Whether Craven, Williamson, or any personnel connected with Scream had seen There's Nothing Out There is beside the point. Scream is the scarier horror movie, funnier comedy, and richer statement on genre storytelling. The films share a common deconstructive sensibility, even if superficially, Scream tugs at the seams of slasher movies while TNOT is a violent monster movie spoof. "The story is different," Kanefsky explains, "but the gimmick is the same." The film geek characters both recognize signals that artificially imposed Movie Rules are at play, and it's a toss-up who has the edge as a devotee. Mike spots early warning signs as his friends drive past cops investigating the scene of an earlier monster victim, notices mysterious rustling bushes, growls that some interloping skinny-dipper bikers are clear "foreshadowing," and is incredulous when he falls victim to the time-honored Cat Scare ("I love how these animals just fall out of nowhere, right into your hands!"). But Randy has the upper hand in deconstructing the horror genre's thematic underpinnings. Mike fails to warn anyone of the dangers of drink, sex or being an ethnic minority. No matter, for neither horror fan is able to channel their awareness to extricate themselves from the situation, or avoid those pitfalls they know are coming. Mike notes both that the scenario reminds him of Invasion of the Body Snatchers and that in the other film, the invaders are not stopped. He fortifies his bedroom and arms himself, but is continually foiled by his nonbelieving friends who lock him in the basement, helpless. Randy rants to anyone and everyone (including the murderers), and is laughed off and ignored in short order. Even once the boundaries are discovered, all characters are still beholden to the laws of the genre; their self-awareness gives them no real leg-up on less savvy characters. Regardless of the film history knowledge that got them there, Mike and Randy simply become recasts from the same mold that popped the teens in The Blob and Dr. Bennell in Body Snatchers. No one listens, no one believes, and their expertise lapses into impotent frenzy.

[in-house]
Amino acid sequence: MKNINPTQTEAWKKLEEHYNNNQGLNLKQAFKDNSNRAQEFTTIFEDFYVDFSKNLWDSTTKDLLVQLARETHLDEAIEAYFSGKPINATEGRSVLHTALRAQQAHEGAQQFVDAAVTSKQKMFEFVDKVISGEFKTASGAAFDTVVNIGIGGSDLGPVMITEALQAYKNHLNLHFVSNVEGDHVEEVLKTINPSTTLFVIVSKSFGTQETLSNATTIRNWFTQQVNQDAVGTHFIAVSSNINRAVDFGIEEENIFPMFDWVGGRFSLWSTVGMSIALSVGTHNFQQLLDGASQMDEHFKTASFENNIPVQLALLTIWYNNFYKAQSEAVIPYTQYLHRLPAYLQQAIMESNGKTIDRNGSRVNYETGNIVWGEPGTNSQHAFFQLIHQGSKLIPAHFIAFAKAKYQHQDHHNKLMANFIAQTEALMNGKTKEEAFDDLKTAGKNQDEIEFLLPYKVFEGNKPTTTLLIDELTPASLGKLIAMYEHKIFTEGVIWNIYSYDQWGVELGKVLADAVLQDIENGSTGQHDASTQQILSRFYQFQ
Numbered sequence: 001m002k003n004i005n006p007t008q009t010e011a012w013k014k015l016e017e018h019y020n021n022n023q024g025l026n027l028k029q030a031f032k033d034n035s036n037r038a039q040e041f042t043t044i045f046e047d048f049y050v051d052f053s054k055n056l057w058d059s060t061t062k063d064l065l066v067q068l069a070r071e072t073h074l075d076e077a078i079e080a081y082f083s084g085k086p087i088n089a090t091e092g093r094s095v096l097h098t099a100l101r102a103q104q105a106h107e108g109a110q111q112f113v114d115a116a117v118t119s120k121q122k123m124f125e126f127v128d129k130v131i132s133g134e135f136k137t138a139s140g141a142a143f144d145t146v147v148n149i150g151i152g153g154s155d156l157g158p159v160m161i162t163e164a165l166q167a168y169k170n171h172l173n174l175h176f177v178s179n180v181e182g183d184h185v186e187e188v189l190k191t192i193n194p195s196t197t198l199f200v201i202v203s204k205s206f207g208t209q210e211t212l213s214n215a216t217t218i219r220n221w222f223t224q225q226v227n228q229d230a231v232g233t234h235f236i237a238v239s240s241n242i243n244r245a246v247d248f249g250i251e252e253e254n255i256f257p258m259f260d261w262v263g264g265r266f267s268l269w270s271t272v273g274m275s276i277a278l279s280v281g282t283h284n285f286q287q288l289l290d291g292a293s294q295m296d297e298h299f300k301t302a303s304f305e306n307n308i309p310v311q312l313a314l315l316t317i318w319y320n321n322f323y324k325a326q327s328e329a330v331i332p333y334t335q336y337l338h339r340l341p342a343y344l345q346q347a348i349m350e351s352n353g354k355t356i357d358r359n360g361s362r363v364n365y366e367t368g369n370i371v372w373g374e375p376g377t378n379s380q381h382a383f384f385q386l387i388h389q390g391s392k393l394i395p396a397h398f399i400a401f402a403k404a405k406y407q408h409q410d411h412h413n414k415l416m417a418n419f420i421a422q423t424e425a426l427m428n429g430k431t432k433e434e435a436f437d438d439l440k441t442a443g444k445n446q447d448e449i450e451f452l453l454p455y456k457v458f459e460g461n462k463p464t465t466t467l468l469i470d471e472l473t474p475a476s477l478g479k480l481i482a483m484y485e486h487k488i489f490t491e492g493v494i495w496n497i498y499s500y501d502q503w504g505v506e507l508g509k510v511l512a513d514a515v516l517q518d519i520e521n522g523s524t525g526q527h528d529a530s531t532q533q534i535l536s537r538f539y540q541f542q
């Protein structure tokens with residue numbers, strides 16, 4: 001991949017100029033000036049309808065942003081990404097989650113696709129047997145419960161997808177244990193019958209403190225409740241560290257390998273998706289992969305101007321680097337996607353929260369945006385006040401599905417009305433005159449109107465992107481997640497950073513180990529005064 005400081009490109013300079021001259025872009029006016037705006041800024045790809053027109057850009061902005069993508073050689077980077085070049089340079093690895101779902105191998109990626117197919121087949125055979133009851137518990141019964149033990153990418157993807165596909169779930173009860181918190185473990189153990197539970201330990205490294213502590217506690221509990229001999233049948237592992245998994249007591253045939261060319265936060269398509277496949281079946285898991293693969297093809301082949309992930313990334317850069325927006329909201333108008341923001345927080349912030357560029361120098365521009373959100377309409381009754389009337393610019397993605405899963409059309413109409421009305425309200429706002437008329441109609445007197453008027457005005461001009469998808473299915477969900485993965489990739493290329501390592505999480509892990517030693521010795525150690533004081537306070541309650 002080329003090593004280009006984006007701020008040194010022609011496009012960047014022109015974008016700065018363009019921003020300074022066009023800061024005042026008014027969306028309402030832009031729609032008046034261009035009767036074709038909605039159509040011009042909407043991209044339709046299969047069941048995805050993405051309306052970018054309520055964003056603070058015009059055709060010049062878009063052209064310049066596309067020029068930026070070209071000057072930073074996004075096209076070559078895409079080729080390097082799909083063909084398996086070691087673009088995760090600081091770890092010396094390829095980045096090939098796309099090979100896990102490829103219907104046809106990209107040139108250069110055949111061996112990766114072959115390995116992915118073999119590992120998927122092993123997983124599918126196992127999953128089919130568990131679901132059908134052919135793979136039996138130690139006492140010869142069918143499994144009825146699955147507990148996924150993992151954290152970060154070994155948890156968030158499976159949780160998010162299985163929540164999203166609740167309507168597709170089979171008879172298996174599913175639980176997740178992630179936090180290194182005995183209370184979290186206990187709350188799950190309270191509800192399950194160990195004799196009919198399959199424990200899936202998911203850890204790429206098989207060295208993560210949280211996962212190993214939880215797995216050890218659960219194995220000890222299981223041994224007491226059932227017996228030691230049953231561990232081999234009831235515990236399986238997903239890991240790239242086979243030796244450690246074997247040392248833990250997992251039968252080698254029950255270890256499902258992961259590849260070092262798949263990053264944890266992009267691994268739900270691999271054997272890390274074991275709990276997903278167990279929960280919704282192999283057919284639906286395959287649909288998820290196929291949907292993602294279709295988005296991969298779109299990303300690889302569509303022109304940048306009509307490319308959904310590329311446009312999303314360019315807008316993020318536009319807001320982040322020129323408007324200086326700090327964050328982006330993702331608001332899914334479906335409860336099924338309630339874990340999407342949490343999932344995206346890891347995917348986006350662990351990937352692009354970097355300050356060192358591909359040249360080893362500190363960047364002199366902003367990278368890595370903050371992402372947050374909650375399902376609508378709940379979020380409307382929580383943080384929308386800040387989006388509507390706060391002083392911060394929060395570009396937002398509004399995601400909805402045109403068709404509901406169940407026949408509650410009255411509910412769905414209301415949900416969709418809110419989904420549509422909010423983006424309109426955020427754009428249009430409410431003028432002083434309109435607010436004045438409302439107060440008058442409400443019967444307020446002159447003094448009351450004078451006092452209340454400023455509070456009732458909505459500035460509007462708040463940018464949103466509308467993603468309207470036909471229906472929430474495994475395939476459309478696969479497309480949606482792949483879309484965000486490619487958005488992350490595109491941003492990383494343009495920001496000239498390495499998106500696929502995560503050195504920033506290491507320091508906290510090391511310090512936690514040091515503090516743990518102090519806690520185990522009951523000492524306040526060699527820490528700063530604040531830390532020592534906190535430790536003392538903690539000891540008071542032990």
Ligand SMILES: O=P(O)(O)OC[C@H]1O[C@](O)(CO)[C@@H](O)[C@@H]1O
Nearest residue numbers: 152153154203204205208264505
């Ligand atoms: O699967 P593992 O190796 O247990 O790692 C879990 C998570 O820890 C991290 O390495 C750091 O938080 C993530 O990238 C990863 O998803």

Randy and Mike belong to two close family lines, with a history of crossing and merging: the genre-geek expert and the lineage of characters aware of meta-fantasy unfolding around them. Neither Randy nor Mike press outward against the celluloid to commit the ultimate breach and meet their creators. Other adventurers through the metafictional fantastique have braved the leap: She-Hulk, Animal Man and Cerebus have in comics, Roland the Gunslinger in Stephen King's Dark Tower, and Freddy Krueger in Craven's own New Nightmare (1994). The almost uniform result is a humbling revelation that the creator-god-artist feels his own hand is being forced as well. There's Nothing Out There, in a throwaway sight gag, allows a character to Tarzan-swing off a low hanging boom mic, but otherwise Randy and Mike never pierce the Fourth Wall sharply enough to run smack into a film crew, confront the audience, return to their trailers or escape the films. It is as if the skin of the genre is too tough to burst. They see the horror movie around them, but another world outside is opaquely glimpsed at best. As casual horror scholars and horror characters both, they've become interpolated into the genre so thoroughly they resist their own salvation with something like magnetic repulsion. Randy doesn't leave Woodsboro until the murders end, Mike doesn't call a cab and get out of the woods. They both end up alone, with the bear at their backs. As Ro-Man might put it, "I cannot!... Yet I must!"